freelance life

Dear Freelancers, Stop writing on spec. Please.

I had a disappointing experience recently.

Long story short, an editor asked if I’d be interested in writing for them and, by the way, their rate is x. I said sure.

I asked if he had assignments lined up or needed pitches. Pitches. So, I pitched.

We went back and forth and ultimately decided on two stories. Then, the assistant editor emailed to say… write and submit them both, they’ll see what works, and pay me for/if they want one of the stories.

Nope.

Dear Freelancers, Stop writing on spec. Please.

I imagine that same assistant editor would balk at the prospect of doing her job all day, showing her boss what she accomplished at the end of the eight hours, and then getting paid for only the work he deemed usable. Eight hours behind a desk, say, but only two hours of work passed muster. No way would anyone agree to that.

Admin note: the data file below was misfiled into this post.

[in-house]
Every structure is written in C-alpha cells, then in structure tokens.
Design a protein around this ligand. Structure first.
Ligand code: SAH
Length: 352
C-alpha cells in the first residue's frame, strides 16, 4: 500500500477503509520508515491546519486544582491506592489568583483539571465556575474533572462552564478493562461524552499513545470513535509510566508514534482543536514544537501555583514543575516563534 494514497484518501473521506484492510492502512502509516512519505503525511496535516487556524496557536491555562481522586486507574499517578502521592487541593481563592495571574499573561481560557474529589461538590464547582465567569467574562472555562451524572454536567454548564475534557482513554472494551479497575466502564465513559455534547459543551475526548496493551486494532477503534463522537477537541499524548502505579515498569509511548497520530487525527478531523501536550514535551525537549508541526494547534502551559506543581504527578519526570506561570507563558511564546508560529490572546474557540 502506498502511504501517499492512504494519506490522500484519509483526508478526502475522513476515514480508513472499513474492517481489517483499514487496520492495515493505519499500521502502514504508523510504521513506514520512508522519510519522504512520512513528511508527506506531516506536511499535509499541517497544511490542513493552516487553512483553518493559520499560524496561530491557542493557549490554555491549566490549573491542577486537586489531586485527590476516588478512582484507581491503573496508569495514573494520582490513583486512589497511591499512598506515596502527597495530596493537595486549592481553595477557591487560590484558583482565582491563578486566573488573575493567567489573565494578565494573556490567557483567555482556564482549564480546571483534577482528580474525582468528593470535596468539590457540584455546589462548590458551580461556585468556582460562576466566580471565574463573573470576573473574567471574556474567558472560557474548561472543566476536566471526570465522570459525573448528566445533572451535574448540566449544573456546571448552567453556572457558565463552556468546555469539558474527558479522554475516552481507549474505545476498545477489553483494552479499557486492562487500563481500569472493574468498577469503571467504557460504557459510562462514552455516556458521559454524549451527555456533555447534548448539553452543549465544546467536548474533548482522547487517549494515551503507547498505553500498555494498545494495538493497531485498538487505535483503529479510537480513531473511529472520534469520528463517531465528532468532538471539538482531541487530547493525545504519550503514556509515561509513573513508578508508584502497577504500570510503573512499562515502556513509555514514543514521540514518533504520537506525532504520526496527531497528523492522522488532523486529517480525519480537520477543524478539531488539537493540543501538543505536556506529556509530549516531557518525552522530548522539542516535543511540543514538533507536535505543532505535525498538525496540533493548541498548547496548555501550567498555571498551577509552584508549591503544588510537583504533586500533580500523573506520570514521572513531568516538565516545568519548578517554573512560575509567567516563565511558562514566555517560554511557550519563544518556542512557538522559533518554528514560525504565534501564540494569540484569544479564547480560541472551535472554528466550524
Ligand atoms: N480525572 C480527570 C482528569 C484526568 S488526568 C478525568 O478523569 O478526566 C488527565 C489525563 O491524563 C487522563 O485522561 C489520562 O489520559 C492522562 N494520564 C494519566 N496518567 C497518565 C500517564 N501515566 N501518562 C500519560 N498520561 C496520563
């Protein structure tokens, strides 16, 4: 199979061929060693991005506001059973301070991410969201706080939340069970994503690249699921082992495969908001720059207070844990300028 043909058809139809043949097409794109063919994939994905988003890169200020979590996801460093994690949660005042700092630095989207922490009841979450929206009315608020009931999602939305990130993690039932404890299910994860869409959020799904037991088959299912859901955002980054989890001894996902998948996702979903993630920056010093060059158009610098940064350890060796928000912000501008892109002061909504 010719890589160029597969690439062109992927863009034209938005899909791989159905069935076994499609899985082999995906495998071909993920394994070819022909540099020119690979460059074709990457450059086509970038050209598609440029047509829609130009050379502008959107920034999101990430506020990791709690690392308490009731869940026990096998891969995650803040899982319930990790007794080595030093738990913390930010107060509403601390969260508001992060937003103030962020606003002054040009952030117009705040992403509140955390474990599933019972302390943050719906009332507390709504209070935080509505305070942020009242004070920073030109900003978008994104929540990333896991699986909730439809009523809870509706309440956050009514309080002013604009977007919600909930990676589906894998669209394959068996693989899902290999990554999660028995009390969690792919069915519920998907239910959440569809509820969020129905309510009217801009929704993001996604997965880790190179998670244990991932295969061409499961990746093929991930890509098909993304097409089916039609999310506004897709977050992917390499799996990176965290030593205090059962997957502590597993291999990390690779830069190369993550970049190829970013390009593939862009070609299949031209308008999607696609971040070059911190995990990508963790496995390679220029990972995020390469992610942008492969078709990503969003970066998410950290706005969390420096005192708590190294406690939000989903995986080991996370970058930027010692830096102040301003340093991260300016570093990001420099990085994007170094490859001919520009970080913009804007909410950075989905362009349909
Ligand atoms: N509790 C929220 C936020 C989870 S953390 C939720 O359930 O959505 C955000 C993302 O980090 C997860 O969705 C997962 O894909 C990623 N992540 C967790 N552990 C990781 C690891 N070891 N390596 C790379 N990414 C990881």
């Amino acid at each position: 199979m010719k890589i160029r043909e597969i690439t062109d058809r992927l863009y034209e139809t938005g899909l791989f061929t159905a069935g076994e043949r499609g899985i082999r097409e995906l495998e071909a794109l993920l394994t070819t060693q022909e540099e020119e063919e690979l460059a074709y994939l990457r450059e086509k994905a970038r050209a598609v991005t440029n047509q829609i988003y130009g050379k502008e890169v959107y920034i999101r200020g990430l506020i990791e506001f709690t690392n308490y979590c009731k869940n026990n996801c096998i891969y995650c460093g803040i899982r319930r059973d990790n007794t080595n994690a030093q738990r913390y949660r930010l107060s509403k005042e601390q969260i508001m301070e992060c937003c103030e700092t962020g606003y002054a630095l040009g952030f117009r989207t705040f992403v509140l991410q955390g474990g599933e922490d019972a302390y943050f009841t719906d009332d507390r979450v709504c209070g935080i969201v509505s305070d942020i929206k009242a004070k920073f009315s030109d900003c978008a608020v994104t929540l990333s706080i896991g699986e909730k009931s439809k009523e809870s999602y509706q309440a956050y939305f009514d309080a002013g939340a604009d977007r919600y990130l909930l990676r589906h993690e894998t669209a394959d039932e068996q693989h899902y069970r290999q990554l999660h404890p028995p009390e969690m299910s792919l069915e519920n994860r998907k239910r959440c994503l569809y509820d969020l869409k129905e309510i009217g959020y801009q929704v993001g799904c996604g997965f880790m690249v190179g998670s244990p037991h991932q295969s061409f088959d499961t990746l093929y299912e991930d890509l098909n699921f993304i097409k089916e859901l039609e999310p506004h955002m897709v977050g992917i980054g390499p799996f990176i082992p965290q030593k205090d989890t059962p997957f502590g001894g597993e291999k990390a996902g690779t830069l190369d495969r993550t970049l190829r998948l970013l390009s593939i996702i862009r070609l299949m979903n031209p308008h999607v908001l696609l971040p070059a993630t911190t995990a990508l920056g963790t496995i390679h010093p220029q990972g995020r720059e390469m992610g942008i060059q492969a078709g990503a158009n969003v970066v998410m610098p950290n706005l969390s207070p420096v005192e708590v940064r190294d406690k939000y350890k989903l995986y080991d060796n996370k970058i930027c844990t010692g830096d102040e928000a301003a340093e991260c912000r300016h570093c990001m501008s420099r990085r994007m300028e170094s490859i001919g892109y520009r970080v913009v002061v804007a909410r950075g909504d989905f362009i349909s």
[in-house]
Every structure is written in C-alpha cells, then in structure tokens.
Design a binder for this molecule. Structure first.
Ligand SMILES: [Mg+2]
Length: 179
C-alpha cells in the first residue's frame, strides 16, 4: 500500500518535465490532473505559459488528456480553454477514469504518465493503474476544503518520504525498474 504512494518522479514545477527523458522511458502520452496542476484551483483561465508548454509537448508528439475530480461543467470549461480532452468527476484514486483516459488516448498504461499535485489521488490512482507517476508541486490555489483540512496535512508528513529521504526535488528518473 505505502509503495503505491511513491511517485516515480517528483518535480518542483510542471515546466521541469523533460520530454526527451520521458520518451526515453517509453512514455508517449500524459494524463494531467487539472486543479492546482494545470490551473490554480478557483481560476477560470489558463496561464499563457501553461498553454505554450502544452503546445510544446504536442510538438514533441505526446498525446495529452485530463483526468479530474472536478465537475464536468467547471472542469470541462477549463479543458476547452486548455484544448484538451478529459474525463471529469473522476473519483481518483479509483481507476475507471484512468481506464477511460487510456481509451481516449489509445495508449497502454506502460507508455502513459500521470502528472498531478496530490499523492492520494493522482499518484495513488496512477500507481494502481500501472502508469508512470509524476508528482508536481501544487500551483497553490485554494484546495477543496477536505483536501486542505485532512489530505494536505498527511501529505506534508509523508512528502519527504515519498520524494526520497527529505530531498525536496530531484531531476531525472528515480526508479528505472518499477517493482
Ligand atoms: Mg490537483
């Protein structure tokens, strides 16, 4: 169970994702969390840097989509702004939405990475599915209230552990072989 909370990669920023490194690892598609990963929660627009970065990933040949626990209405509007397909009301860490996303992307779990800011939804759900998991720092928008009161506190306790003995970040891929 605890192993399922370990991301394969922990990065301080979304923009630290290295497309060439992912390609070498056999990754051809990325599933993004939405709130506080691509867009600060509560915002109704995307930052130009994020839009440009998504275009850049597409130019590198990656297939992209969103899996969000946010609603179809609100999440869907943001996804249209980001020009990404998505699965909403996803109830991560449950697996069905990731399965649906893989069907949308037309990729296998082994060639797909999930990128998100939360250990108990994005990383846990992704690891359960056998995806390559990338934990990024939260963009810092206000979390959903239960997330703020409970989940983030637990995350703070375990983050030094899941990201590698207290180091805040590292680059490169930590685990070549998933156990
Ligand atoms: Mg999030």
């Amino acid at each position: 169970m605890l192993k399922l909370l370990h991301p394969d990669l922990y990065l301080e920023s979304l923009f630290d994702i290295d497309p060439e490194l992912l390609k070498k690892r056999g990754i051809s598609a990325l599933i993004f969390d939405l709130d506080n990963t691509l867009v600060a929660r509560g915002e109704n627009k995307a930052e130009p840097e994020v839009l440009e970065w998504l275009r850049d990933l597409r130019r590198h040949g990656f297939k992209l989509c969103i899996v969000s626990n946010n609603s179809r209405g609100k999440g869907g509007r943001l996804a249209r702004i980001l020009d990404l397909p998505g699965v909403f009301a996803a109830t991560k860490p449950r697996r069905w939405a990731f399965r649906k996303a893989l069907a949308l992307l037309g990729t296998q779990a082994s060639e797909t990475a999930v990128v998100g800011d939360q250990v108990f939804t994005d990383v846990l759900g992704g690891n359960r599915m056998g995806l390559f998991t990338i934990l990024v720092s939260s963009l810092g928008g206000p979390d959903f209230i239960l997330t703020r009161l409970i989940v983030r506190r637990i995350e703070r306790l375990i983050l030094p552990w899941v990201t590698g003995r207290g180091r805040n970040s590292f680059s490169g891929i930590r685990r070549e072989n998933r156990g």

Or imagine your dentist agreeing to clean your teeth, but you’re only going to pay him for the teeth that you think are cleaned well. What dentist in his right mind would agree to such an arrangement?

And, yet, that is exactly what they were asking me to do.

The problem? (I mean, other than the obvious…)

MANY freelancers take on this type of “on spec” work. It’s undercutting and undermining those of us who make our living at this. I pride myself in putting time and effort into every story I write. That includes background research, telephone calls, rough drafts, and editing. I’m unwilling and unable to commit that time to something I might – or might not – get paid for.

I’m also unwilling and unable to turn in shoddy work on the off change that I might – or might not – get paid for it.

Dear freelancers, please stop writing on spec.

You, your time, and your talent are worth so much more than a maybe/if scenario.